What is the significance of Holy Week, specifically of the rites of the Sacred Triduum, for our daily lives as Catholics?
This Sunday is "Palm Sunday", which opens the Church's great week called "Holy" because of the redemptive acts of Christ that are presented through the sacred liturgy for our sanctification.
We offer below a summary of the significance (and purpose) of the ceremonies observed during the Sacred Triduum (the "holy three days" of Maundy Thursday, Good Friday and the Easter Vigil) and the message they intend to convey.
Throughout the Lenten season, the Church has prepared us step by step for the sacred experience of the drama of Holy Week. A steady crescendo has been taking place since Septuagesima Sunday. Not until now has the Church unveiled the mystery of the Cross and resurrection, which were given us only in figures and signs.
Now, with Holy Week, the curtain is lifted, we see the Holy of Holies. And, not only do we see but we are asked to participate in the most sublime drama of history.
The great week is about to begin—starting with Palm Sunday. Rather than a week of mourning, it should be called the redemptive week, in which the work of redemption terminated in victory, for Cross and Resurrection are intimately united.
Holy Week can be summed up in the words of St. John from his Prologue: "The light shined in the darkness, and the darkness grasped it not." Darkness struggles against the light of Christ’s revelation as against an enemy; but to those who receive it, Christ gives "the power of becoming sons of God." And as the mystery of darkness (the Devil is the Prince of Darkness) and light (Christ the Truth) unfolds during the Sacred Triduum, the same clashes takes place in another vein, death and life fight in a mortal duel, which concludes with Christ the Life giving the deathblow to Death by His own passing.
Life is given Him through death: Christ the man rises from death to die no more since His sacrifice was accepted by the Father and He merited for Himself and all His followers a glorified body joined to a soul enjoying the beatific vision. Thus the ancient symbol of Christ, phos-zoe (light-life) serves well as a caption over this great week of grace.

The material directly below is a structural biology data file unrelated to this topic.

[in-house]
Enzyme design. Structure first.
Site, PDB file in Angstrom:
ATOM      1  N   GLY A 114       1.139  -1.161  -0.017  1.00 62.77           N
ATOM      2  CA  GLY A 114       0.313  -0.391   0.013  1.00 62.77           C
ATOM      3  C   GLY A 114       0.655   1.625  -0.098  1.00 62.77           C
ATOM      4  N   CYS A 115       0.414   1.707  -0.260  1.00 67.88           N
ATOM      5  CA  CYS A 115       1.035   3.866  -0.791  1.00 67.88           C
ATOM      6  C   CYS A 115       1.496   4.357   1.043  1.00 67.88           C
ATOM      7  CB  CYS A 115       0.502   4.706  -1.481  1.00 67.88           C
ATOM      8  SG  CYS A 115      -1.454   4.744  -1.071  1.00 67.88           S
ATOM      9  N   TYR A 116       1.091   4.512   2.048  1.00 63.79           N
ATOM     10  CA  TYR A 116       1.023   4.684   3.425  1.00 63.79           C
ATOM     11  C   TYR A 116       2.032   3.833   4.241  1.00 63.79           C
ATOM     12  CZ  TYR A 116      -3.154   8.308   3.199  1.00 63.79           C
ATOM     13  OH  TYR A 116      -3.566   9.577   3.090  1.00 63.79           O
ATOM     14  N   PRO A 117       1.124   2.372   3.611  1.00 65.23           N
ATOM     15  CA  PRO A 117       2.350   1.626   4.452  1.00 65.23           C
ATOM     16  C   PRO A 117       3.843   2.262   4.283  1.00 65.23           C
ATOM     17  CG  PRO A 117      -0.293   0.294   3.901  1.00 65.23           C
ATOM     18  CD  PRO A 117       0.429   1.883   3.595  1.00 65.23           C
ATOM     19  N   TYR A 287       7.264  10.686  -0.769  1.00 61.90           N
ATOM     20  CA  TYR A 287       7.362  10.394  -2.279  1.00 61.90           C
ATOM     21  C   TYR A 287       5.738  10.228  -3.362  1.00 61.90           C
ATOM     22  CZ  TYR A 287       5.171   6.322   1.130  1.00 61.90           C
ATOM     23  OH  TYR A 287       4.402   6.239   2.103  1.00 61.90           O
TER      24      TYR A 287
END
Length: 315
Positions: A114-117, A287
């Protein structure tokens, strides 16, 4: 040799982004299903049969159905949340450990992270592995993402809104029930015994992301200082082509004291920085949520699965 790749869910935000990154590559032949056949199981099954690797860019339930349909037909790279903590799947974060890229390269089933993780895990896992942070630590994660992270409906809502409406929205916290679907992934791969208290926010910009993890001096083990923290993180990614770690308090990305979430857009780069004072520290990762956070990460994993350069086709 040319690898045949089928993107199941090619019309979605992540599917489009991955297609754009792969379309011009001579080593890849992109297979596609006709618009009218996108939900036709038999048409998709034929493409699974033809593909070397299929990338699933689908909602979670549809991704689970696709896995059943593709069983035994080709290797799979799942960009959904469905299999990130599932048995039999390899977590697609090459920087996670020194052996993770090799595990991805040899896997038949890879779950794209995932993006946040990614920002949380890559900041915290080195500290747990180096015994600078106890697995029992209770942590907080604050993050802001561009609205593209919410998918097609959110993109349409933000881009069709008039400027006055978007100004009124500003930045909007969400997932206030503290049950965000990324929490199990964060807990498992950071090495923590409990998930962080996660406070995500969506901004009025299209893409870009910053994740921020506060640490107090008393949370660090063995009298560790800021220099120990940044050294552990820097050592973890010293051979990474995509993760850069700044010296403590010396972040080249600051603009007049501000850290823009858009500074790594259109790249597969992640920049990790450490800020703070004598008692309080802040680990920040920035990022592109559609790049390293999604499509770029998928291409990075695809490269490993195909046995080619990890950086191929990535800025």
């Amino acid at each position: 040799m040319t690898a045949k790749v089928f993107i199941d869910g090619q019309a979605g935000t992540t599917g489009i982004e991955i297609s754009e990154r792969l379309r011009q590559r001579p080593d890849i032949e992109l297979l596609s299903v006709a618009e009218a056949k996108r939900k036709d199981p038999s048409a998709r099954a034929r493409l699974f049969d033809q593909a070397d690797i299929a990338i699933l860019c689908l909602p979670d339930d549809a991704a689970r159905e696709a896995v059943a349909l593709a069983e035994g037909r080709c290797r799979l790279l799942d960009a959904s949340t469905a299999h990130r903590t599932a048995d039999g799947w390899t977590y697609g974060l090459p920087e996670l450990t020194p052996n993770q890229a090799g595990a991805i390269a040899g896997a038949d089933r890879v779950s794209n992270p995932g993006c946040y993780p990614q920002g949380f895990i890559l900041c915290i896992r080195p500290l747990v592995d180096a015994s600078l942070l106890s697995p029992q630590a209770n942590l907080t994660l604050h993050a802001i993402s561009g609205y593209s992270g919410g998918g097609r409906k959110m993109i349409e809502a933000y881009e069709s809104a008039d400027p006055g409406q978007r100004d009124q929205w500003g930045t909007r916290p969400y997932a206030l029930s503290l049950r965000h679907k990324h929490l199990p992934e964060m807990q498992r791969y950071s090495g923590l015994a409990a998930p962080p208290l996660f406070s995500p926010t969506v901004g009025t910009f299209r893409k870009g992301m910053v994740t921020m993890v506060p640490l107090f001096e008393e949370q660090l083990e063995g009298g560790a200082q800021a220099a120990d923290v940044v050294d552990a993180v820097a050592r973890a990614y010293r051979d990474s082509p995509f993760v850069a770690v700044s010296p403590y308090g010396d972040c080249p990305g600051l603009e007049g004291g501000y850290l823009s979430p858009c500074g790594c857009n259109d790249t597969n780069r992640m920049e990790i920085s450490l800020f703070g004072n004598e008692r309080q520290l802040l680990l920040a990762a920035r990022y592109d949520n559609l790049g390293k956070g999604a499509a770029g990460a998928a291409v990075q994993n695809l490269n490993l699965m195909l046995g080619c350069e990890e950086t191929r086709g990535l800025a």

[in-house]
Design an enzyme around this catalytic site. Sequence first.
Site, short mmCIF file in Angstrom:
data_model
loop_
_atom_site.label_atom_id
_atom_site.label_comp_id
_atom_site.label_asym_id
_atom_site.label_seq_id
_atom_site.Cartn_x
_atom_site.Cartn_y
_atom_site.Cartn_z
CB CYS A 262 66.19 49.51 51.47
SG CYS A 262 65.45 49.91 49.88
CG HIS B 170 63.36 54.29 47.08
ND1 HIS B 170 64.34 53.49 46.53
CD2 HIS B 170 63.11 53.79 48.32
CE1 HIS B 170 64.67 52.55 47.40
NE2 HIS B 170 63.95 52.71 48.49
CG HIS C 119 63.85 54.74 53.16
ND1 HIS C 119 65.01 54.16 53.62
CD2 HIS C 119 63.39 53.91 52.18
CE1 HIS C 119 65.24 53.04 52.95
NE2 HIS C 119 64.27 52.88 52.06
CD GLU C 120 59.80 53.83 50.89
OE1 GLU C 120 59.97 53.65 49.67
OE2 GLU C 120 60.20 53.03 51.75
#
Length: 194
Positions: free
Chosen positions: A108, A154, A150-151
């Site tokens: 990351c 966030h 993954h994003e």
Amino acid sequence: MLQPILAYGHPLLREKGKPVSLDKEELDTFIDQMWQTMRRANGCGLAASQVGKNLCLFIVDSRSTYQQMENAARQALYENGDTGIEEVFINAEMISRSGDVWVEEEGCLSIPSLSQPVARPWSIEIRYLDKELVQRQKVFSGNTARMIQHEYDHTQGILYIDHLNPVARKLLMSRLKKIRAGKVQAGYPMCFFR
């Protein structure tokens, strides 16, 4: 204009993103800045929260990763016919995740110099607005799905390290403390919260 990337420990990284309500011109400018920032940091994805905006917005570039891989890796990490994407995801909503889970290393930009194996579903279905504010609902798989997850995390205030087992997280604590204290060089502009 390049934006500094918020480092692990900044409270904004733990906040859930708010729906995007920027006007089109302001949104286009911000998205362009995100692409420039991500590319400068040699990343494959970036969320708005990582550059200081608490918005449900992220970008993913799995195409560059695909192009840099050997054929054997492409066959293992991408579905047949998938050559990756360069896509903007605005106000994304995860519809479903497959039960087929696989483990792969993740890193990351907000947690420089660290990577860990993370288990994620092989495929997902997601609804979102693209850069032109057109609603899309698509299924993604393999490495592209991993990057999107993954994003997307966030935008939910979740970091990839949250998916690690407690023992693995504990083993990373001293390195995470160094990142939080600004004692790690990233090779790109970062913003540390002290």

Another important aspect of the Christian life is taking a prominent place during the Holy Week’s liturgy: the reception of converts into the Church. In olden days, the Lenten season marked the preparation—both moral and doctrinal—of the catechumens to the great step of baptism, reflected in many ceremonies. The catechumens passed their last examinations earlier in Holy Week. On Maundy Thursday, there was the reconciliation of the public penitents making up for their public sins. They would be formally received in full communion and allowed to approach the sacred table on Easter Vigil.
On the same day, the holy oils were blessed by the bishop, which would will be needed for the Baptismal ceremony. Easter Vigil is replete with the ceremonies addressed to catechumens who are to be formally received into the Church. The long lessons from the Old Testament serve as a last minute catechism, the baptismal water is blessed and the baptismal promises are pronounced by all the faithful present, but especially by the candidates to baptism, which takes place at that time.
The Easter Vigil, which formerly lasted the entire night, was the vigil of the catechumens as much as it was the celebration of Christ’s rising from the tomb. Both activities are one in the mind of St. Paul:
We have been baptized (submerged) in Christ’s death and risen (drawn out of the water) in Christ’s resurrection."
It is highly recommended that the faithful free themselves from the worldly worries and dedicate what time they can to the meditation and contemplation of the sacred mysteries. One of the best ways is simply to study the liturgical textswhich reach a degree of intensity never achieved in the other seasons of the year.